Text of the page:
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How Do Dividends Work?

You might already know that you need to build up baskets of assets through traditional securities such as stocks, ETFs and mutual funds. You might also already know it’s a good idea to spread your risk through diversification so you can protect your assets from market volatility.

But do you know much about dividends — the hard-won results of your investing efforts? To understand dividends, you must first understand the different types of dividends available and how companies pay dividends. Once you have a good basic understanding of these, you can take advantage of the many benefits that cash dividends, property dividends, stock dividends, liquidating dividends or a mix of these can have to jazz up your portfolio.

What are Dividends?

Dividends entitle you, the shareholder, to a portion of the net profits made by a company.  Dividends are any earnings that a company you invest in shares with its shareholders, and for every share of a dividend stock that you own, you’re paid a portion of these earnings. Dividends can come in the form of money (cash), stocks and assets.

A company needs to be in good standing to declare dividends, and the company’s board of directors also has to approve dividends each time they are paid. To do so, they go through a three-step process, which consists of:

Step 1: Declaration Date

The declaration date is the day that a board of directors issues a press release stating its intention to pay a dividend. Along with a declaration date, the board also announces a date of record and a payment date.

Step 2: Date of Record (Ex-Dividend Date)

The date of record marks when stockholders are entitled to the dividend payment. A stock will usually begin trading ex-dividend or ex-rights the fourth business day before the payment date. This means only the owners of the shares on or before that date will receive the dividend.

Step 3: Payment Date

The payment date is when shareholders actually receive their dividend. As a general rule, most dividends are paid on a quarterly basis, although some companies pay dividends annually. A company can sometimes declare dividends on a specific class of shares and can pay preferred shareholders or both preferred and common shareholders. Keep in mind that a company is not obligated by law to pay out dividends until it has made a formal declaration.

Why a Company Pays Dividends

Profitable companies can choose what to do with their earnings. They can either pay that profit out to shareholders, reinvest it in the business through expansion, debt reduction or share repurchases, or both. Dividends add value to the company’s stock as a way to attract new investors and increase company value.

What You can Gain from Dividends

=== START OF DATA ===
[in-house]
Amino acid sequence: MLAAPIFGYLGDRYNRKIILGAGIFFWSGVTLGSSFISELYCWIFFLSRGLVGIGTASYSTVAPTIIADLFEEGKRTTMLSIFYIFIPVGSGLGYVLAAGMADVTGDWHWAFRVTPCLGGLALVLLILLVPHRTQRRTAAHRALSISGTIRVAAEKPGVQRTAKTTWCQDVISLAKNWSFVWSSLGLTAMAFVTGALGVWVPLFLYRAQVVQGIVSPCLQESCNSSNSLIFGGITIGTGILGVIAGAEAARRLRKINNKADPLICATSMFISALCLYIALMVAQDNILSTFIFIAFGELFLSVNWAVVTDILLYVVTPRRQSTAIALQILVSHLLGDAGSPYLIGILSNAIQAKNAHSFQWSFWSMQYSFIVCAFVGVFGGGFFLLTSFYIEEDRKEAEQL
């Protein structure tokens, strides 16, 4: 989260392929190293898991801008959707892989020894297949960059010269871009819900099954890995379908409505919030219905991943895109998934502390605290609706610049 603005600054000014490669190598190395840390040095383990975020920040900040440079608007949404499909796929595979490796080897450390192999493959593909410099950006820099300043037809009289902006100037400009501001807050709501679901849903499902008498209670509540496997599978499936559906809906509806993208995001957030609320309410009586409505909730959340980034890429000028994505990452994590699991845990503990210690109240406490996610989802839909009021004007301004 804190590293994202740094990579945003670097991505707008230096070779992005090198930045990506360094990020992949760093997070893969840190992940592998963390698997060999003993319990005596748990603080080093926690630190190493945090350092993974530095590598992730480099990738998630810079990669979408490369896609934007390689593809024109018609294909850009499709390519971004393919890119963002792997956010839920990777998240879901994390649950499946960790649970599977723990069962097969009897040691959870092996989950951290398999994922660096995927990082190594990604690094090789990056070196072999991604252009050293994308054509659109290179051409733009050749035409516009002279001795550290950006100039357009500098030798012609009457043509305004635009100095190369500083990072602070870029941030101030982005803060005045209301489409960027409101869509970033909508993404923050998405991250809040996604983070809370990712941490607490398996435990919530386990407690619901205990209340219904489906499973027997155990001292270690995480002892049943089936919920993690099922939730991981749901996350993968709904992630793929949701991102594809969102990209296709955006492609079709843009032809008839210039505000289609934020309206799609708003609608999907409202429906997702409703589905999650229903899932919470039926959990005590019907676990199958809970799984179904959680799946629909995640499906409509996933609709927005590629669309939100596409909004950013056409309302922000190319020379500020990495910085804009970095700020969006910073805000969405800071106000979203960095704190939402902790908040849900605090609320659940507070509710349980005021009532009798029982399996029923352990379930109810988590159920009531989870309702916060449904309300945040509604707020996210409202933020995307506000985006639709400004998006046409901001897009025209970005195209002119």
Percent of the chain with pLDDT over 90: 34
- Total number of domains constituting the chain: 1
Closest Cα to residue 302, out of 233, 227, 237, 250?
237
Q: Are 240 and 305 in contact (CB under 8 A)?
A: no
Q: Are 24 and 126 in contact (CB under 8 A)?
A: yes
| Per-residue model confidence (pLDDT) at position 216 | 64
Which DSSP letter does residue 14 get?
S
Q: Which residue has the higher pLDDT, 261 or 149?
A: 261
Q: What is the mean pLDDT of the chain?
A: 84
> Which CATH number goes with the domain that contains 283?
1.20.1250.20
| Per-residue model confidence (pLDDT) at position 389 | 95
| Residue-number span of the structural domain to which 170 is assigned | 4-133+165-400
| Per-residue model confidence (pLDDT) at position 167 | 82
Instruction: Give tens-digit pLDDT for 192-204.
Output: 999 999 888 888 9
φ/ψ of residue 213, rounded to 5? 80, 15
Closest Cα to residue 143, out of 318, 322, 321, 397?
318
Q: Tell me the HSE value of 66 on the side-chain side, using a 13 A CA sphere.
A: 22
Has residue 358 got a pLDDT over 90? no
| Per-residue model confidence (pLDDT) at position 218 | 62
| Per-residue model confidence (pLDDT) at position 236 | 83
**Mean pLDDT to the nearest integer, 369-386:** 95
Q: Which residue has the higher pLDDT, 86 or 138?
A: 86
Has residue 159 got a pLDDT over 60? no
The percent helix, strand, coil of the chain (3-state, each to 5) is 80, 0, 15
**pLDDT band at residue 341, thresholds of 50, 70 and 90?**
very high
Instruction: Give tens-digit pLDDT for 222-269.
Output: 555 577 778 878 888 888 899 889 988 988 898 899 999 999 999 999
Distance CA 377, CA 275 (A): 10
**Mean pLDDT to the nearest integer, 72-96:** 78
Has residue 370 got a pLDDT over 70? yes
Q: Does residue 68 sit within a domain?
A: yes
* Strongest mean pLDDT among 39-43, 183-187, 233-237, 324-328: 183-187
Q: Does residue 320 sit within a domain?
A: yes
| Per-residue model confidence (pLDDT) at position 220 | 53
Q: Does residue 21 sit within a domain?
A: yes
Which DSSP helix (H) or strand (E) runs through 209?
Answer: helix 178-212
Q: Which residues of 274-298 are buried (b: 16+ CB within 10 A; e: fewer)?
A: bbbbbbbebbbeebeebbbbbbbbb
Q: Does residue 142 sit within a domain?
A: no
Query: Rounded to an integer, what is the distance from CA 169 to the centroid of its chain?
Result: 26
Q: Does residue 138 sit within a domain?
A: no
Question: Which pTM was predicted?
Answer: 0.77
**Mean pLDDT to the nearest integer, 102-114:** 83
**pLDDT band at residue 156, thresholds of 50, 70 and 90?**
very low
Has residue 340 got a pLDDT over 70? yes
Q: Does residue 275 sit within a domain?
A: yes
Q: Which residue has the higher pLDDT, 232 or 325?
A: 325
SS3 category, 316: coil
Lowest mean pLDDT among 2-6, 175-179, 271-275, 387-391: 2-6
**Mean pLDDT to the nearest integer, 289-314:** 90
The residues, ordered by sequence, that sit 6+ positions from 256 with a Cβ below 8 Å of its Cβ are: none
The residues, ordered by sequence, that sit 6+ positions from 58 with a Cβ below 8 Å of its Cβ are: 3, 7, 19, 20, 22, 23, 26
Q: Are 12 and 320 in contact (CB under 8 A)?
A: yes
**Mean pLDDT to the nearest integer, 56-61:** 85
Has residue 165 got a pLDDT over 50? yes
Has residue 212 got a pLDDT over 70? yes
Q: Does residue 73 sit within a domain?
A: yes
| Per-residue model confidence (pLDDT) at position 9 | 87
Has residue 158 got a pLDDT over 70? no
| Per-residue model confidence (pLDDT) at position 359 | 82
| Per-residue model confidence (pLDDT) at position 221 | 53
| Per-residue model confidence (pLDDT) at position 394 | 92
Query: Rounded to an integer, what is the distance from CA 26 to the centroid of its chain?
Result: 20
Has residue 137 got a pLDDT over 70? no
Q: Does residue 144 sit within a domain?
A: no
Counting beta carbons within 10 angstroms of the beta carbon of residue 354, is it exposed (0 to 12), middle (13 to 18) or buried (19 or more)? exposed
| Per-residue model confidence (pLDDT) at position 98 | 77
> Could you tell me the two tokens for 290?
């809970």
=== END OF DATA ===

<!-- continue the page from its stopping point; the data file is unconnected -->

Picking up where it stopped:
A company’s board of directors decides what percentage of its earnings are distributed to shareholders in the form of dividends. The amount you earn from dividends depends on the kind of stock you own.

This is due to the nature of the dividend as well as payouts, which can come in different forms as well. Here are some of the various methods:

Cash Dividend

This is the most common form of dividend payout, which is in the form of a straightforward monetary payment. When you increase the number of shares you own in a company, you can multiply the dividend payouts by the amount you hold.

Property

A company can issue dividends in the form of inventory or other physical holdings. These can be computers or electronics, raw materials or even a car, depending on the company’s line of business. The larger your holding in the company, the bigger the physical asset you are going to receive.

Stocks

Dividends can also come in the form of stocks instead of cash. A couple reasons a company might do this is because a company might not have the adequate cash flow needed to provide cash dividends to shareholders or the company might want to keep its liquidity to itself.

How to Calculate Your Dividend

To calculate your stock’s dividend yield, simply divide the annual dividend by the stock’s price.

The dividend’s payout ratio is the percentage of net income paid out as a dividend. The retention ratio (the amount not paid out to shareholders in dividends), is the figure used to project growth. To calculate the payout ratio, divide the total amount of dividends paid out to shareholders by the reported net income of the company.

If you receive dividends from holding stock in a company, keep in mind that as an investor, you’ll face tax implications. Dividends are taxed as ordinary income. This means you’ll have to pay taxes on your dividend yield based on your tax bracket. However, if company prices go up, you can sell your stock at a profit and only be subject to a long-term capital gains tax.

Final Thoughts

The last thing to think about is what to do with your dividends and whether you’ll reinvest them. When you buy shares of a security, your broker typically asks whether you want dividends reinvested so you can automatically use them to buy more shares of the stocks in your portfolio. The process of doing this is called a dividend reinvestment plan (DRIP). Reinvesting dividends can offer you several benefits:

  • You automatically invest more money.
  • You don’t pay commission on a DRIP.
  • No minimum investment amount has to be met.
  • You can buy fractional shares.
  • Your investment’s growth compounds because you continually add more shares that will also eventually generate dividends of their own.

One more thing to keep in mind is that any dividends that are reinvested in a DRIP are known as “qualified” dividends. You’ll still pay taxes on them, but they’re taxed at a lower rate than regular income.

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